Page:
Wednesday, June 16, 2010

What's New At The Farm? 6/16/10

This is the last big push week to get all the transplanting done, or least most of it. We'll put in around ten thousand transplants a day until we're done. And most of these transplants get row covers as well so we're kind of busy.

Insect pests arrived earlier this year; the Tarnished Plant bugs have been out for a couple of weeks. We usually don't see them until well into July. Flea beetles are voracious feeders this year so we're using lots of row covers to save our crops. Striped cucumber beetles and potato beetles have been out for quite some time.

In addition to protecting our crops from insects, floating row covers guard against predation from other pests as well. Deer are always an issue as they relish our tasty crops. Crows like our sweet corn so this crop gets row covers as well and the ever present turkeys cause all kinds of problems.

Turtles - well, what do we do about turtles - not a whole lot. Chasing them out of the fields doesn't work very well. They don't scare so bird balloons don't work. Row covers - they bulldoze through and I really don't like the fencing idea as I'm concerned the would become entangled and die there - not a good way to go. I guess we'll just plant some extra plants to make up for what they destroy.

Deer usually won't tear up the row covers to get at early season crops and we don't use them once the crops get big. Deer are smart - they get used to things, like fencing, scare tactics and row covers. And while deer are smart - they're not the smartest animal out there that eat our crops. Ground and grey squirrels and rats are far smarter than deer and much harder to keep out of our crops. In one of our breeding squash fields we have constant problems with rats and squirrels. They really like our crops and the mulch we put down for them to live in. They live in the fields under the plastic mulch and have their meals right outside their front doors. They have everything at their front door most of the season so why should they move on?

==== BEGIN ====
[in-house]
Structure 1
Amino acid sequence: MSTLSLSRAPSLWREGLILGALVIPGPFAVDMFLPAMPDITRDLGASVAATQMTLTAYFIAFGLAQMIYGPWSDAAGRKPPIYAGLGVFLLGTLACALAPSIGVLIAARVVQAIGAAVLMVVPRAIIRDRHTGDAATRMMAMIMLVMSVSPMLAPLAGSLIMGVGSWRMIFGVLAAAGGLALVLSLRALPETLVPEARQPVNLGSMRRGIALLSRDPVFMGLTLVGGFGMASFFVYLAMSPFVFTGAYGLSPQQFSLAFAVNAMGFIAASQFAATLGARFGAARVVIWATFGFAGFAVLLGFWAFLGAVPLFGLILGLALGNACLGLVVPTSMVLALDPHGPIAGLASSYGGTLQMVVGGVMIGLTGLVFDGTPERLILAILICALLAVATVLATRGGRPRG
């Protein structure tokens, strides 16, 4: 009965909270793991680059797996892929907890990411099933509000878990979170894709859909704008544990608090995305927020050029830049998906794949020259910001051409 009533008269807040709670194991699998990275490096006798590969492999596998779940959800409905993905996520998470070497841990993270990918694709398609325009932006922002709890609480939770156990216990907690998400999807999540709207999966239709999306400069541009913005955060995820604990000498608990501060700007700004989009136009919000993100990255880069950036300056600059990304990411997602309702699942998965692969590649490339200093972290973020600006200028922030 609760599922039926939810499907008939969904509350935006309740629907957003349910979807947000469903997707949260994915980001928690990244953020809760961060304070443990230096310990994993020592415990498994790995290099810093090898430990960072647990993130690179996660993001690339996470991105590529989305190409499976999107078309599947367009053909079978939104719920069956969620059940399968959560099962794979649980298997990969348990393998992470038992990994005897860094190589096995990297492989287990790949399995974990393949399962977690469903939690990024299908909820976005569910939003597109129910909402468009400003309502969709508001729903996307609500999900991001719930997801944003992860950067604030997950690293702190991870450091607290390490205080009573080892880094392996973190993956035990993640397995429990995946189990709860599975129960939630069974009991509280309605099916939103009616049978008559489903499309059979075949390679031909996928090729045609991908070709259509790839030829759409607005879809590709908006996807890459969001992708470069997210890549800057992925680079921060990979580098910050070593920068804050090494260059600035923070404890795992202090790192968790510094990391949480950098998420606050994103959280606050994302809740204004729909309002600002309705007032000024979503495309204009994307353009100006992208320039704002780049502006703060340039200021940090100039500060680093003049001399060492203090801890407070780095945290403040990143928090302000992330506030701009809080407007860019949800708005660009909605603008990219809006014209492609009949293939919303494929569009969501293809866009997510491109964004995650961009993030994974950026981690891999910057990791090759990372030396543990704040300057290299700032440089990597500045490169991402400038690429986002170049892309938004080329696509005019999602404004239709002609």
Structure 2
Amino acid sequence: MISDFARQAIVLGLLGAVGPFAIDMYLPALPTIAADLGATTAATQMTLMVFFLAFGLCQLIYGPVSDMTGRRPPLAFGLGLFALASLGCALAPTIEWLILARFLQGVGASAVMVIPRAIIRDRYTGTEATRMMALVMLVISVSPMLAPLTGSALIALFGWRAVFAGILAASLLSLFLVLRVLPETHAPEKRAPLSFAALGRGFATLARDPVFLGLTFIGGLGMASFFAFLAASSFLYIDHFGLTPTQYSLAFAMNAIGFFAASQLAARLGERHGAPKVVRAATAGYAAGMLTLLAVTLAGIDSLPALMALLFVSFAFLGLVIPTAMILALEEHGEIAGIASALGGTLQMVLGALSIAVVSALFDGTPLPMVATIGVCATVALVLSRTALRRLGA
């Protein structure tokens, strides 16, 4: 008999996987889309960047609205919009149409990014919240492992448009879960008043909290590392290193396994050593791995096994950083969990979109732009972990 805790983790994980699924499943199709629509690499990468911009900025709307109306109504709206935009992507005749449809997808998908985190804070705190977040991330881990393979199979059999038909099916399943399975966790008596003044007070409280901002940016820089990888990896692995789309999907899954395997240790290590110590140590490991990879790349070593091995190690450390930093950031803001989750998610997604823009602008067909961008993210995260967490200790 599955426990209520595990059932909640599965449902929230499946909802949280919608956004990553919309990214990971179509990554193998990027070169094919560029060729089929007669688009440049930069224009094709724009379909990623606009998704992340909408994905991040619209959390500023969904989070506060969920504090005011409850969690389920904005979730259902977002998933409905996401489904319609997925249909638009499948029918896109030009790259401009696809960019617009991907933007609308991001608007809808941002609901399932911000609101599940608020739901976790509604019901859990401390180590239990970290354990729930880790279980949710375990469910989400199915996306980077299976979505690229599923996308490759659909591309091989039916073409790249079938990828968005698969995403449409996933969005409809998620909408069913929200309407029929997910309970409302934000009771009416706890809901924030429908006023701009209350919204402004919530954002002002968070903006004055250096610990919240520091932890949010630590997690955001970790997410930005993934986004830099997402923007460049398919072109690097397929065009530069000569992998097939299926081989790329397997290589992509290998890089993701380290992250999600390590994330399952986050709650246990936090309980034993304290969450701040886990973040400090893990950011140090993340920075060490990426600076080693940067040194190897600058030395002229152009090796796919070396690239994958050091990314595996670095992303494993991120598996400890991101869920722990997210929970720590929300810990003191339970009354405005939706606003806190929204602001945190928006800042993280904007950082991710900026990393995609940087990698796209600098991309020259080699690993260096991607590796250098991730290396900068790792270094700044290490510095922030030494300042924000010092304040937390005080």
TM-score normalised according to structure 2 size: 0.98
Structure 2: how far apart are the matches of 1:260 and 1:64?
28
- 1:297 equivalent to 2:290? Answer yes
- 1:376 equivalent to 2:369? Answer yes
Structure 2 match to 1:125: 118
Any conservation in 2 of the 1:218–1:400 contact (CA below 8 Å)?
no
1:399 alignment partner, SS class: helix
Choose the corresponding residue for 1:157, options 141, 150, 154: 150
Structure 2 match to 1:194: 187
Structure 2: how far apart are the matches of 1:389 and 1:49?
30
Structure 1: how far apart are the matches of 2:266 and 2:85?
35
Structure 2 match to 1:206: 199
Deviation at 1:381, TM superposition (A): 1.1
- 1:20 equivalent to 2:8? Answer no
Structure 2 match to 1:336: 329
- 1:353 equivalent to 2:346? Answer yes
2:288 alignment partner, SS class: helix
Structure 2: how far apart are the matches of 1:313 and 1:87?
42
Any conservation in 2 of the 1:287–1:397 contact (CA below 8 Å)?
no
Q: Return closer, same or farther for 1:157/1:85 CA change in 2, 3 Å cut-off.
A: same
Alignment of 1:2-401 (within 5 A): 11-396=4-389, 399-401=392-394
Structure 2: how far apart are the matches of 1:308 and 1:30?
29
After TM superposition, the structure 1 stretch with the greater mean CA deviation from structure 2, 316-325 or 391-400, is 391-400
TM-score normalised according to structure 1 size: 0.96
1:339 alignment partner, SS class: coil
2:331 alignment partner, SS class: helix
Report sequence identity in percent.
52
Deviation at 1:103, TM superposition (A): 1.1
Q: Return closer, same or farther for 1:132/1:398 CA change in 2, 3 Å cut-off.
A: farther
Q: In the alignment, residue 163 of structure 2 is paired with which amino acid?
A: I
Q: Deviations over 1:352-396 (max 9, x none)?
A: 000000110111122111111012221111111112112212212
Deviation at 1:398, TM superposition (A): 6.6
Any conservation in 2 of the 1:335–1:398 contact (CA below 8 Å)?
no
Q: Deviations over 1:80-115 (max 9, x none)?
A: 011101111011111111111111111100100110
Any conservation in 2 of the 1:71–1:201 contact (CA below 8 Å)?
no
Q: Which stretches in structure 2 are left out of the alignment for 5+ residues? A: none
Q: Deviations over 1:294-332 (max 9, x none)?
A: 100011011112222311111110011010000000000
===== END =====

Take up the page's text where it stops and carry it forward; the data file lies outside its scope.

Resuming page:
Mice are seldom a problem of cultivated field crops here. We sometimes see them in the field when we are harvesting but they have yet to cause any problems. They don't have many places to hide in most crops and I imagine the hawks take care of many of them. Birds don't bother us much except for crows in the spring and sometimes blackbirds in the fall.

Groundhogs (woodchucks) present us with challenges as we try to trap and relocate them whenever possible. It's just hard to convince them to go into a trap to get iceberg lettuce when they have a smorgasbord within their reach at all times. We have one large one living in close proximity to one of our tomato plantings - he'll be a challenge to get moved.

And on the home front, I bought two Pawpaw trees that I will plant out this week. I also bought a couple of walnut trees I think will be nice for shade someday; probably long after I'm gone.

Until next week, enjoy the season.


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